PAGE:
Method 50 includes steps 52-66, and begins with assembling fabric layers 52A to form a composite (step 52). Suitable fabrics are those able to tolerate operating temperatures of the gas turbine engine. In the region of pylon fairing 20 and exhaust nozzle 14, operating temperatures may be between 500 and 600 degrees Fahrenheit (260 and 315 degrees Celsius), or greater. In other areas of the engine where a laminate seal may be used, operating temperatures may be lower; for example, the laminate seal may be exposed to temperatures around 400 degrees Fahrenheit (around 205 degrees Celsius). Fabrics used to form the composite include, but are not limited to carbon, fiberglass, basalt and ceramic fibers. The fabric makeup of the composite may be based, in part, on the temperature range and the structural load of the seal. Fabric layers 52A may include woven, non-woven and/or unidirectional fiber structures. In preferred embodiments, the fabrics are woven. Fiberglass is particularly suitable for wear resistance, whereas carbon may contribute stiffness to the composite.
In some embodiments, fabric layers 52A are preimpregnated with polymeric resin 52B. Alternatively, the resin may be introduced into the fabrics after the composite layers are assembled (see step 58). In some embodiments, the composite includes an optional coating 52C that forms an outermost layer of the laminate. Coating 52C may be a film or a woven material, and is generally designed to add lubricity to the laminate.
Next, in step 54, the assembled layers of the composite are cut to an approximate size and shape of the laminate seal. It is recognized that the fabric layers may be cut separately, prior to assembling the layers together. However, it is usually easier to cut the fabric layers once they are compiled together. After step 54, the composite may then be placed in a mold or an autoclave (step 56) to expose the composite to high temperatures and pressures in a subsequent step (step 60). The mold or autoclave may be designed to shape the composite into the intended shape of the blade seal.
As described above, the fabrics that form the composite may be preimpregnated with the resin. In alternative embodiments, the resin may be introduced into the composite (step 58) through other known techniques used in composite-formation, including, but not limited to, a wet lay-up process and resin transfer molding. In either case, the resin is cured in step 60 in order to form the laminate structure. The specific curing conditions depend, in part, on the particular polymeric resin and fabric makeup.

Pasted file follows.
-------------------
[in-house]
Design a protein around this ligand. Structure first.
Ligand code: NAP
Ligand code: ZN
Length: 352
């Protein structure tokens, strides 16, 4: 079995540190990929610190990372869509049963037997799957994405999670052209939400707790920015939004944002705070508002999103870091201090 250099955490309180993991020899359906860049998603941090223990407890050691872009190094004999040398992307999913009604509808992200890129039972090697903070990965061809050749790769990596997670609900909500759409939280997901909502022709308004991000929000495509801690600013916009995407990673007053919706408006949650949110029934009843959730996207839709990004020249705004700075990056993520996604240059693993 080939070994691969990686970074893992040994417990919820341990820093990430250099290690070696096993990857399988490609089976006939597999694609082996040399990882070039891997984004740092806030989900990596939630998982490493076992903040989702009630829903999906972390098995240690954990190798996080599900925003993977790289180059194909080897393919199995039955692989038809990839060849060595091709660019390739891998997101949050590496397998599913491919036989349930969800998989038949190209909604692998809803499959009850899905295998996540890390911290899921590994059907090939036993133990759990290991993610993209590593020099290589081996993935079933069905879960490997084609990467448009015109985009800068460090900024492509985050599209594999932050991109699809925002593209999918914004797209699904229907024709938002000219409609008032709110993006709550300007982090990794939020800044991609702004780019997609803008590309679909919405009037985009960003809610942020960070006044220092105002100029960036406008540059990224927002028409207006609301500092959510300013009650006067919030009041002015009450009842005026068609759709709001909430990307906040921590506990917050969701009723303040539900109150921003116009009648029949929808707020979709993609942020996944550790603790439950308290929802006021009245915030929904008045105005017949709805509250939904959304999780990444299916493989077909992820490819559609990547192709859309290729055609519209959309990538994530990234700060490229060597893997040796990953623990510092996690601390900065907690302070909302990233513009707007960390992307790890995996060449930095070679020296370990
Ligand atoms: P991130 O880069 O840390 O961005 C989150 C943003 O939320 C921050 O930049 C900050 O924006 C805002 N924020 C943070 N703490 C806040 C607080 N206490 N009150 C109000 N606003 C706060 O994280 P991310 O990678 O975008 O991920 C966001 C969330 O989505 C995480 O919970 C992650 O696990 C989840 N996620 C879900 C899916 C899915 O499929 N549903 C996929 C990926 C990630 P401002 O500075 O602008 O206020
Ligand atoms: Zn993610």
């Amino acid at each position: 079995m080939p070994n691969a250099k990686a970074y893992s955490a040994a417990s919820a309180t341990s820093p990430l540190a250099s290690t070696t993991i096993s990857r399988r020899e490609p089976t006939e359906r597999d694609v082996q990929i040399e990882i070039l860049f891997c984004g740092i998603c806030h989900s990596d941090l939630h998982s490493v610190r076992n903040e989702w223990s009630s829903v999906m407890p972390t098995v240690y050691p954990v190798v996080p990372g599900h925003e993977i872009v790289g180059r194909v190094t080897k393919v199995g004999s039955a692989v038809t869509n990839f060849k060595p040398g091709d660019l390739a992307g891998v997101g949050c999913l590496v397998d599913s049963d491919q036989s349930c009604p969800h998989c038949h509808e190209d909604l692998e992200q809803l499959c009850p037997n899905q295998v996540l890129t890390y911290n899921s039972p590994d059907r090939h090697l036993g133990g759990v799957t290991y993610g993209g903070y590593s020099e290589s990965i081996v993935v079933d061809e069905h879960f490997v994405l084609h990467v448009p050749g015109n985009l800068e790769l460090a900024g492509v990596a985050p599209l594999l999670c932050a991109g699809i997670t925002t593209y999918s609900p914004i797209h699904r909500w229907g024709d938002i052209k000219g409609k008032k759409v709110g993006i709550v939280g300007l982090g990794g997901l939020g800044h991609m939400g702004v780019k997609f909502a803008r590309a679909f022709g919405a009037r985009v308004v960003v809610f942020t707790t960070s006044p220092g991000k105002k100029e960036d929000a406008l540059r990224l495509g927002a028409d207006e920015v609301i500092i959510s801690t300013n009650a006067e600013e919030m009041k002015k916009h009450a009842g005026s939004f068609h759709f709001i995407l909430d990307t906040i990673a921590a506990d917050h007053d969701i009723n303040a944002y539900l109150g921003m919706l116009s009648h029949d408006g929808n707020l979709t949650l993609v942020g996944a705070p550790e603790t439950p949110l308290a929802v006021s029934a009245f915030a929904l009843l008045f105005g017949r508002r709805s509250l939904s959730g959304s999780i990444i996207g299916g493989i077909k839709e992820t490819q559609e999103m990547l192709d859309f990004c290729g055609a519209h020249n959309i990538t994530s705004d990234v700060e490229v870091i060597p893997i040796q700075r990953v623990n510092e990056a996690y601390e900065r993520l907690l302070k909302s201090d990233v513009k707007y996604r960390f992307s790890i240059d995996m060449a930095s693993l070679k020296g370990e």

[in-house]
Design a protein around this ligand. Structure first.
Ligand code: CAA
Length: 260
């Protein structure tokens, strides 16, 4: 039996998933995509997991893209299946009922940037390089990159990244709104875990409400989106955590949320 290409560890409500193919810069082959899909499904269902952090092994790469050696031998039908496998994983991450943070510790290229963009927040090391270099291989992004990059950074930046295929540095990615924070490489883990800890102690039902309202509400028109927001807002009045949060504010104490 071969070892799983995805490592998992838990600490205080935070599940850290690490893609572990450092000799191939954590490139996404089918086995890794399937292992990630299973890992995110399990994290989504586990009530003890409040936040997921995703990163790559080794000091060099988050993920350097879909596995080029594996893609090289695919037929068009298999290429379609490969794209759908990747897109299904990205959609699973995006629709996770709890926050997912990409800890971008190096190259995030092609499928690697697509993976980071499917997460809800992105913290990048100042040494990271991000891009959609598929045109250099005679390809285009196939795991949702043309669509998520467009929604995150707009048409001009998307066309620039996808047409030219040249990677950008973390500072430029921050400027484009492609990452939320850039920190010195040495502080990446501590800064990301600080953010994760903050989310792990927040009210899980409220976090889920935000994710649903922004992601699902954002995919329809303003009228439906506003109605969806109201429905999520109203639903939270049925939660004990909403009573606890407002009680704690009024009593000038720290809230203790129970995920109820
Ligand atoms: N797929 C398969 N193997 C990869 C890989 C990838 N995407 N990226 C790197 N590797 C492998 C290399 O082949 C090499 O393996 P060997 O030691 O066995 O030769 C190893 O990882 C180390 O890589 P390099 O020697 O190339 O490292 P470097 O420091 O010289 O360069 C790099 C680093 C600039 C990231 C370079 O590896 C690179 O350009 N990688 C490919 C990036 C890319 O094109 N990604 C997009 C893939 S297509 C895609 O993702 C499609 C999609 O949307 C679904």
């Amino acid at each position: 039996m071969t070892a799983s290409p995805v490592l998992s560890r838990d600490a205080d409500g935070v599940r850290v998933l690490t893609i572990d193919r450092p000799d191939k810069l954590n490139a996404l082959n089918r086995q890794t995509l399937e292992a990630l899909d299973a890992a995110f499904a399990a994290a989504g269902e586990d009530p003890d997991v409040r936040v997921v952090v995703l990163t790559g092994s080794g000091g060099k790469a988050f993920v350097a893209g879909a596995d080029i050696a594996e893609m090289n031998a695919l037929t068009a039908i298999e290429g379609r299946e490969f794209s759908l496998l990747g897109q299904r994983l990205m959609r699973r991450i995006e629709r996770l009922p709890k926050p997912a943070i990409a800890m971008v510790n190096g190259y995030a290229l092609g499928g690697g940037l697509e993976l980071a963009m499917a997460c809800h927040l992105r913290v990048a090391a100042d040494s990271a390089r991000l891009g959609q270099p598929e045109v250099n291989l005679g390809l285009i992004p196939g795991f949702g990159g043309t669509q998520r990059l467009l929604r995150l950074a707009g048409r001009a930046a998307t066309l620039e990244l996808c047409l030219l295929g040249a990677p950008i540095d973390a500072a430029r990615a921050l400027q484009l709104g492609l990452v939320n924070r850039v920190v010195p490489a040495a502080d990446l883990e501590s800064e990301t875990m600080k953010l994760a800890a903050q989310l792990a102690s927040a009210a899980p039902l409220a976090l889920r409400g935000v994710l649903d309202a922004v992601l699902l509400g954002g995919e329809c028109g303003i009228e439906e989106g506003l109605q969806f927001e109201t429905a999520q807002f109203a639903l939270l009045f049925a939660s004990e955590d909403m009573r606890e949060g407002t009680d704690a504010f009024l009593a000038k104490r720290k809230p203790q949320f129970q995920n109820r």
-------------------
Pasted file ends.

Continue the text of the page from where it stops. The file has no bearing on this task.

The laminate seal may include a coating that is applied to an underside of the laminate seal. The coating provides lubricity to the seal to reduce friction and wear between the seal and the part that the seal contacts. As described above in reference to step 52, coating 52C may be a layer of the pre-cured composite. In that case, coating 52C is co-molded with the fabric layers of the composite, and placed inside the mold or autoclave (step 56). Alternatively, the coating may be applied to the laminate (step 62) after the curing process. As such, the coating is secondarily bonded to an exposed layer of the laminate.
In step 64, minimal trimming of the laminate may be performed to create the appropriate size and shape of the laminate seal. At this point, the laminate seal may also undergo any necessary surface cleaning or preparation. The laminate seal may then be attached to the engine part (step 66).
The laminate seal described herein is designed for improved wear and thermal stability compared to previous air seal designs. Moreover, the molding process of the laminate facilitates greater sealing ability between the seal and the underlying engine part.
In the exemplary embodiment of
Polyimide resins are well suited for gas turbine applications since they are able to resist wear and withstand high temperatures. Depending on the composition, polyimide resins are stable at temperatures up to approximately 650 degrees Fahrenheit (343 degrees Celsius). Both addition-formed polyimides and condensation polyimides may be used in laminate 70. In some cases, the condensation polyimides may have a higher thermal oxidative stability, as compared to the addition polyimides. An example of a polyimide resin is Avimid® N polyimide resin; Avamid® N prepregs are available with various types of fibers and may be purchased from Cytec Industries. Avimid® N is a condensation polyimide stable up to approximately 650 degrees Fahrenheit (343 degrees Celsius).